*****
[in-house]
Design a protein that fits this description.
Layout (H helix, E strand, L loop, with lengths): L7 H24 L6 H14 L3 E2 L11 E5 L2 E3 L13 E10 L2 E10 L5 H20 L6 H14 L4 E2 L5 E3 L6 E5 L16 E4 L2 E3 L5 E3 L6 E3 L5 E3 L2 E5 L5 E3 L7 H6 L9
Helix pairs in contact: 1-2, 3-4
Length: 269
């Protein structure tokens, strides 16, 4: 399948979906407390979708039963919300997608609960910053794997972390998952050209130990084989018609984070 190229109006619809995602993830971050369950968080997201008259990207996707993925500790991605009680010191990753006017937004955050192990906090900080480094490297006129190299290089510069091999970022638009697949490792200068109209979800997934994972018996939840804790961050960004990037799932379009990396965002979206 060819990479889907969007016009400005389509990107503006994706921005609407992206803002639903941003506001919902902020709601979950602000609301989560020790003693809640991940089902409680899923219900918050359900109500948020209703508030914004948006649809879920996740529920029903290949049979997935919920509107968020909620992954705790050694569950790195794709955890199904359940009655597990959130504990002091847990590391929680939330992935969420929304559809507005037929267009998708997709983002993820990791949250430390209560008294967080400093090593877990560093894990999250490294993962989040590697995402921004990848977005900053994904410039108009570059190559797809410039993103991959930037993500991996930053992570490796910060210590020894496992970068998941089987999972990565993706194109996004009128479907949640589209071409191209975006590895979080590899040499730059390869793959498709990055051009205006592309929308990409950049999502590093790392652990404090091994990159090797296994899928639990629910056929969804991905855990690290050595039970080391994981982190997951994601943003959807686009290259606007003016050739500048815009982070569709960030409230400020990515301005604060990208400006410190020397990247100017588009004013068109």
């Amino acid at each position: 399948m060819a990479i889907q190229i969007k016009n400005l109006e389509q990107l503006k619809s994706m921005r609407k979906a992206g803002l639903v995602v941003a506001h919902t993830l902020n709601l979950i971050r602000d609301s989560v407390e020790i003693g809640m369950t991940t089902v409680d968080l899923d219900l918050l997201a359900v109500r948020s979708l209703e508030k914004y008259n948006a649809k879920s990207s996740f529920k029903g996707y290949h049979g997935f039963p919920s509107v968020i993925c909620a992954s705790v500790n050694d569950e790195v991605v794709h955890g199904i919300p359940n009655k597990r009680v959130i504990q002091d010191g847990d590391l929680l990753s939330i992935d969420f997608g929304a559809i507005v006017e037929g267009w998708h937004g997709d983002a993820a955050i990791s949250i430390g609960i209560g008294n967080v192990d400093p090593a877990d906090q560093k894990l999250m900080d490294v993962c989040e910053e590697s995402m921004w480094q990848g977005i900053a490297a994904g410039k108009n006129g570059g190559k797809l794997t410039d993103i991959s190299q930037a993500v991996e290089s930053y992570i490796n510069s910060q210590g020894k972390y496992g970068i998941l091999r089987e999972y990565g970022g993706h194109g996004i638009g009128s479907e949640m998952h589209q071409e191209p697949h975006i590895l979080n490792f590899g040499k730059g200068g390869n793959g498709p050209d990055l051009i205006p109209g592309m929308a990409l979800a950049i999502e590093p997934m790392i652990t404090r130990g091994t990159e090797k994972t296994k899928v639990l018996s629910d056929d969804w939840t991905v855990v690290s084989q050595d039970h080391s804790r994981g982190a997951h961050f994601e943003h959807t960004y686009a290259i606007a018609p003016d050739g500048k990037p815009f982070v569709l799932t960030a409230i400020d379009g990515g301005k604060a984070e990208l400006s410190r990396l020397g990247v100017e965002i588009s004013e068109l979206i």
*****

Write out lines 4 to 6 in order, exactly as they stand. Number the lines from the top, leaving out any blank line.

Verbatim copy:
Helix pairs in contact: 1-2, 3-4
Length: 269
């Protein structure tokens, strides 16, 4: 399948979906407390979708039963919300997608609960910053794997972390998952050209130990084989018609984070 190229109006619809995602993830971050369950968080997201008259990207996707993925500790991605009680010191990753006017937004955050192990906090900080480094490297006129190299290089510069091999970022638009697949490792200068109209979800997934994972018996939840804790961050960004990037799932379009990396965002979206 060819990479889907969007016009400005389509990107503006994706921005609407992206803002639903941003506001919902902020709601979950602000609301989560020790003693809640991940089902409680899923219900918050359900109500948020209703508030914004948006649809879920996740529920029903290949049979997935919920509107968020909620992954705790050694569950790195794709955890199904359940009655597990959130504990002091847990590391929680939330992935969420929304559809507005037929267009998708997709983002993820990791949250430390209560008294967080400093090593877990560093894990999250490294993962989040590697995402921004990848977005900053994904410039108009570059190559797809410039993103991959930037993500991996930053992570490796910060210590020894496992970068998941089987999972990565993706194109996004009128479907949640589209071409191209975006590895979080590899040499730059390869793959498709990055051009205006592309929308990409950049999502590093790392652990404090091994990159090797296994899928639990629910056929969804991905855990690290050595039970080391994981982190997951994601943003959807686009290259606007003016050739500048815009982070569709960030409230400020990515301005604060990208400006410190020397990247100017588009004013068109």